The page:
(2 pm. – promoted by ek hornbeck)
My father’s mother was raised in an extremely religious family. Her father, a minister in a Pentecostal church that I would best describe as Holy Roller, believed in demonic possession. Sadly, my Grandmother was stricken with a variety of physical maladies that left her constantly ill and often bedridden. Following the teachings of her upbringing, his mother dragged my father to one church after another, all in the hopes that someone could cure her. Taking the miracles of Jesus as literally true, she was certain that someone out there possessed the ability. This belief was so strong that she sometimes gave money to televangelists who promised to do the very same thing.
I’ve never known quite what to make of these frequent anecdotes about Jesus’ healing powers. Though I do not believe in an interpretation of Christianity that, to me, seems excessive and illogical, there would have been times in my own life that I would have wanted someone to cast out the demons inside of me, too. Living in the Twenty-First Century, I know too much about medical science and body processes to put much stock in the idea that evil forces are occupying my body. Reading the scriptural passages describing physical illness now, I usually translate them into modern day terminology. Mental illness seems to have plagued several who desperately reached out for Jesus’ healing touch. Seizures were the scourge of another. No effective treatment for leprosy existed back then. The list goes on and on.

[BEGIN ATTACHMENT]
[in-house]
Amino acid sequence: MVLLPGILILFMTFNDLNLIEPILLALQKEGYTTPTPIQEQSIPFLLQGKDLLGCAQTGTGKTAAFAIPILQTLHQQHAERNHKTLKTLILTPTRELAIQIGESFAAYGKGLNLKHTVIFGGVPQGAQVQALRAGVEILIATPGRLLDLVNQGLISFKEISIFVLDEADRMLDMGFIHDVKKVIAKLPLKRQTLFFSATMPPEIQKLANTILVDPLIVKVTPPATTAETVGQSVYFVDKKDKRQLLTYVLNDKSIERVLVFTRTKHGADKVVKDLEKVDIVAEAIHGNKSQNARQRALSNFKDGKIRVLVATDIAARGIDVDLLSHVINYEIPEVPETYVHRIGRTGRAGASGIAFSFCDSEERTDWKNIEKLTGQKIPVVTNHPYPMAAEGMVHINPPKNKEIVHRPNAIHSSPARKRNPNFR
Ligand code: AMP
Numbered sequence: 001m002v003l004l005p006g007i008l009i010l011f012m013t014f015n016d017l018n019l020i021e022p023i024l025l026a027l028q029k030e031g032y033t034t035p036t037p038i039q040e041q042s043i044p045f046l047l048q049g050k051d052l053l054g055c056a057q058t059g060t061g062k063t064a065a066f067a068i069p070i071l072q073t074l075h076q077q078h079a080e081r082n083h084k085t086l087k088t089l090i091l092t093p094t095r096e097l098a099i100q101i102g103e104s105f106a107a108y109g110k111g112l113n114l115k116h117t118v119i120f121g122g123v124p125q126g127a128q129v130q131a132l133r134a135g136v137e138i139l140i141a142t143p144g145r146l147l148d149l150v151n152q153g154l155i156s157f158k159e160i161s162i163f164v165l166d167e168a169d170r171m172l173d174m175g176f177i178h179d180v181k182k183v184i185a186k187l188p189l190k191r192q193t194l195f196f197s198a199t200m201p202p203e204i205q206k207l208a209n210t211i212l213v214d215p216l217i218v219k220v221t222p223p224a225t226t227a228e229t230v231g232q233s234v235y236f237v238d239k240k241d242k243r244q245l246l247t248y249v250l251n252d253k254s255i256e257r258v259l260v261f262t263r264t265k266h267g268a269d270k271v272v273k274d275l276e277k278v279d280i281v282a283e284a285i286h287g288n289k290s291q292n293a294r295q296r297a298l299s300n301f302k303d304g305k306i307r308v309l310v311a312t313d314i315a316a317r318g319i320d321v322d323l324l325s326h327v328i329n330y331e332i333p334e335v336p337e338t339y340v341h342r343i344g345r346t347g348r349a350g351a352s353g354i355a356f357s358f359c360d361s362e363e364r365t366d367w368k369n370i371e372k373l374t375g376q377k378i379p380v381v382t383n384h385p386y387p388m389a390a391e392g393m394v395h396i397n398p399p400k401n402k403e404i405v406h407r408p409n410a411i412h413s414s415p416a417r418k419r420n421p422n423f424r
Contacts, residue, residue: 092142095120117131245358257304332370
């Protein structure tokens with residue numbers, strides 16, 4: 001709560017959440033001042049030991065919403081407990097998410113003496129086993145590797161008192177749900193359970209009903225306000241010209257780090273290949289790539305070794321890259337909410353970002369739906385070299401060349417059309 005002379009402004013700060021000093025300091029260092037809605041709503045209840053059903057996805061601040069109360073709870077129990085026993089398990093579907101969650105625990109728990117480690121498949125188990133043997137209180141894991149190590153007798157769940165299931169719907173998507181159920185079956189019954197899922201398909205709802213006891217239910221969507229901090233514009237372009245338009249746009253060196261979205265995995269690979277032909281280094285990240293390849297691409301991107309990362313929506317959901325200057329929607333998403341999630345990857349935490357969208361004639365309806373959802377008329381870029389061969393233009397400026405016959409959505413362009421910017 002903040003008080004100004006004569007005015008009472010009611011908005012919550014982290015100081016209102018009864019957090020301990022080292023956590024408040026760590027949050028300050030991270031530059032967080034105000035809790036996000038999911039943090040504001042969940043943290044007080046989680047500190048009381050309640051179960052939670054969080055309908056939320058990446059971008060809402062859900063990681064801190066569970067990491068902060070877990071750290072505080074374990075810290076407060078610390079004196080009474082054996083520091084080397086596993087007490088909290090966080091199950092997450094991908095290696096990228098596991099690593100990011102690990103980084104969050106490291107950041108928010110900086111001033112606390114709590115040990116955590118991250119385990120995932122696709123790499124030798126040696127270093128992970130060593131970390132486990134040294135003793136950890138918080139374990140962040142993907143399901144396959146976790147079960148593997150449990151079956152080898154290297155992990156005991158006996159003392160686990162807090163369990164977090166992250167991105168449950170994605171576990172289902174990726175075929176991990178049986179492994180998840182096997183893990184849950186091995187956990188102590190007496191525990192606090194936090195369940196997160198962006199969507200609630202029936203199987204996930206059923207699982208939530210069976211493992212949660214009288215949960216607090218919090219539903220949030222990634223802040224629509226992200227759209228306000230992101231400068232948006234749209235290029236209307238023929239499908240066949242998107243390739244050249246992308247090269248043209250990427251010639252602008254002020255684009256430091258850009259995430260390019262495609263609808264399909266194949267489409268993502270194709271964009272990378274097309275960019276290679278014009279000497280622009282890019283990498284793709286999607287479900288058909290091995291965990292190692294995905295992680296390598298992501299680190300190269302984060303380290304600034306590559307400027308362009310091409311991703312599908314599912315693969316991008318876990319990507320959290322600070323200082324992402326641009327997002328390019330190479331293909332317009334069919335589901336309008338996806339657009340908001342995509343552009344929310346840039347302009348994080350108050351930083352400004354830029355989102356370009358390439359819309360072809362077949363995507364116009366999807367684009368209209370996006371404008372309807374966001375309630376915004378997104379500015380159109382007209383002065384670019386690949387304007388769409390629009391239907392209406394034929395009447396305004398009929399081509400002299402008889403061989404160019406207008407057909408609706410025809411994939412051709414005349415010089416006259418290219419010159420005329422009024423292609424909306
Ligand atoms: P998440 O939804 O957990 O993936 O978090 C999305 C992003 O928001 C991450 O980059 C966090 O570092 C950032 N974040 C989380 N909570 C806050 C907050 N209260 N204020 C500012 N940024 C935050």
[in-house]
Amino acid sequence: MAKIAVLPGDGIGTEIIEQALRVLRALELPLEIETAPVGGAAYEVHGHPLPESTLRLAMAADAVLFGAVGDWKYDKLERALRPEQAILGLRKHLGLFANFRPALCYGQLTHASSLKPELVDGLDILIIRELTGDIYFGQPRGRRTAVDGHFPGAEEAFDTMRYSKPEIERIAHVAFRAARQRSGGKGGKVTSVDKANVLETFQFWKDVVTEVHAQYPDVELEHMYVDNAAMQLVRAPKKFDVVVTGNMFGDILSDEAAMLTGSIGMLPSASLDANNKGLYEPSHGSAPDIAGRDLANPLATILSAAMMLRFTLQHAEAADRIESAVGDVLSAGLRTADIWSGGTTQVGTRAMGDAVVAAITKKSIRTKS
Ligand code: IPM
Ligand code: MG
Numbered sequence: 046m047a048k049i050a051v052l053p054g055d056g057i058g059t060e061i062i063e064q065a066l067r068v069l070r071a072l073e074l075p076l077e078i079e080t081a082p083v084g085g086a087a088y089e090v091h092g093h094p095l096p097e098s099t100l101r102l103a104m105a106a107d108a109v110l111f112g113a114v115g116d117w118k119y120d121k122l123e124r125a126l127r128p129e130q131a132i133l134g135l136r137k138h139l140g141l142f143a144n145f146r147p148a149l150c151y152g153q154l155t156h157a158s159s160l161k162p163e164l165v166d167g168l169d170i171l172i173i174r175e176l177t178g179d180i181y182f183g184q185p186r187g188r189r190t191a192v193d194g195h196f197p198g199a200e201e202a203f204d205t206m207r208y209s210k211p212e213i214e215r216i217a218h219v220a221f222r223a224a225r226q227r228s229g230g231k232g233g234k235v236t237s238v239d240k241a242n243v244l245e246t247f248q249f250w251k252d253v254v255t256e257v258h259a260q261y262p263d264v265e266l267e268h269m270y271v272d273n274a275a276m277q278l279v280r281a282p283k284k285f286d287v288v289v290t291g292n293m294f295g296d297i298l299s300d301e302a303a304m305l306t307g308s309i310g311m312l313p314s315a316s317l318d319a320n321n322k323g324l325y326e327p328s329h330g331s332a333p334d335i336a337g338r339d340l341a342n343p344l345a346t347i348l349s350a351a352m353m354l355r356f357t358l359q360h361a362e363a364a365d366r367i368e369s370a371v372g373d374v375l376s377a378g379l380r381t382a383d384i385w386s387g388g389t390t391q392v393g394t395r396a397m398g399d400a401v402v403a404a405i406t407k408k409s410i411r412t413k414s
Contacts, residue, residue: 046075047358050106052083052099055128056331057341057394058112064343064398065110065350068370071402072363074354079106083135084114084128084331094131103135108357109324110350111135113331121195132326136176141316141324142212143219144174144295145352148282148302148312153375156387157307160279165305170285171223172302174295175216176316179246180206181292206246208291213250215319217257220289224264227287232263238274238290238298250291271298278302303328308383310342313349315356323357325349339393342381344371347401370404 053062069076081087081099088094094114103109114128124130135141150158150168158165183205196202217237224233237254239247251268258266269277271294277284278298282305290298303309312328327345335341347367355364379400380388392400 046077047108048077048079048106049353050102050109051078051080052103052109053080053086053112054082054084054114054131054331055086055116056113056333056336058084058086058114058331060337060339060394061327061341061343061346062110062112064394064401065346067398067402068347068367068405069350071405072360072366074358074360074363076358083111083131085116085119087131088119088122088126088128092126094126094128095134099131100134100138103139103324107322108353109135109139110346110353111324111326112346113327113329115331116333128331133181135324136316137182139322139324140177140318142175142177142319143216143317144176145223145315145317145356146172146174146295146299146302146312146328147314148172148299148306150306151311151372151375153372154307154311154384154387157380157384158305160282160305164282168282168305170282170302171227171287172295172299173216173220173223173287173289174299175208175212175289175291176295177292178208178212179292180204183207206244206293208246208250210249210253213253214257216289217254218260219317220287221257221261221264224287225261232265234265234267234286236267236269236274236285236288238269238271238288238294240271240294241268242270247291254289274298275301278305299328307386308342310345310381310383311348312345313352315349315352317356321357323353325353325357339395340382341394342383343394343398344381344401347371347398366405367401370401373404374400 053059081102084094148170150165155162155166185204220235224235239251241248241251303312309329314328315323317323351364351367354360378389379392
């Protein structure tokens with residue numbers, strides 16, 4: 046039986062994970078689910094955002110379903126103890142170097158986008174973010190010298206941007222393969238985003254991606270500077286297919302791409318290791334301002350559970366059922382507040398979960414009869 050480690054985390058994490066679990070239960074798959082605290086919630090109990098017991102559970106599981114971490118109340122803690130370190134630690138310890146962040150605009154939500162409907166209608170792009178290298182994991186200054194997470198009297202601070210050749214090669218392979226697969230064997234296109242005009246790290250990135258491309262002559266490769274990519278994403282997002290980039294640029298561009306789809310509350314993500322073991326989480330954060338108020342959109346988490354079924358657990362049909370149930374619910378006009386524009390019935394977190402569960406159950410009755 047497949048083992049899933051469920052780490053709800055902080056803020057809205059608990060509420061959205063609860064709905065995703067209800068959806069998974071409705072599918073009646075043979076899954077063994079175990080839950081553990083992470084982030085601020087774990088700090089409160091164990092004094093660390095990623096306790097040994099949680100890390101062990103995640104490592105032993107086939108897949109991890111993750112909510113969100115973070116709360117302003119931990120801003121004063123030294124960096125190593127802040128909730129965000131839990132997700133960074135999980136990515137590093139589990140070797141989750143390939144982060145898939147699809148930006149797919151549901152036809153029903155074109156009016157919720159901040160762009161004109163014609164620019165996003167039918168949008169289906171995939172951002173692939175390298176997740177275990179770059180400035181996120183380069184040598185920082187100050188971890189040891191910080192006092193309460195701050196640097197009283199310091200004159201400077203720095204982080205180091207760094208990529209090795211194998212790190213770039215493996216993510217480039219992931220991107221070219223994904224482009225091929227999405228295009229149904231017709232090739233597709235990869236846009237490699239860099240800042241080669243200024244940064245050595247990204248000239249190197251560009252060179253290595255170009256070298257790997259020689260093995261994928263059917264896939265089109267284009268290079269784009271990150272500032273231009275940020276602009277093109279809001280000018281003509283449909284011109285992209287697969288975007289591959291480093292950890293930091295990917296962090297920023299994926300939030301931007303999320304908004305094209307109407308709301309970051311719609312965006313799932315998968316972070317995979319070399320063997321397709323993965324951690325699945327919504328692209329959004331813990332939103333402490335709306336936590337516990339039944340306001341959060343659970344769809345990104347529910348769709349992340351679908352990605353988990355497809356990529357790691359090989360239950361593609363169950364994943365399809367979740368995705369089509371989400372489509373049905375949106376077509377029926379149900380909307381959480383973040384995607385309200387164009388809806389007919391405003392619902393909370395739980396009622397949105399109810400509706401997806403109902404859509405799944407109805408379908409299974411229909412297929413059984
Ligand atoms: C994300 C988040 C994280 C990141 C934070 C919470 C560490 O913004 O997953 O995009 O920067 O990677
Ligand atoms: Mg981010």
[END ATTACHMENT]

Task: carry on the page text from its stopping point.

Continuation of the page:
It seems that the followers of Jesus were often among those who had been healed by this charismatic young religious leader. It is interesting to note that the author of the Gospel account I will cite below, Luke, was himself a physician. Perhaps this is why he notes the details of Jesus’ ministry in such precise detail and is careful to always specify ailment and symptom.
Soon afterward Jesus began a tour of the nearby towns and villages, preaching and announcing the Good News about the Kingdom of God. He took his twelve disciples with him, as well as some women who had been healed of evil spirits and illnesses: Mary, also called Magdalene, from whom seven demons had gone out; Joanna, the wife of Herod’s household manager Chuza; Susanna; and many others. These women continued to support them out of their personal resources.
In a very Patriarchal text like the Bible, it is rare that names of women are mentioned in this fashion, or at all, really. Christian Feminists like myself are given a tantalizing view at an aspect of the life of Jesus that is almost completely ignored by those who wrote the original texts. Who were these other women? What about the message advanced by this radical rabbi did they find so compelling? This passage lifts the veil just long enough for us to see some of what lies beneath, before slamming shut. The final verse is especially revealing. The ministry of Jesus and his twelve disciples owes its success, at least in part, to the financial support and also time commitment of women. Their income must have been a fraction of what it was for most men and yet they gave of it unselfishly.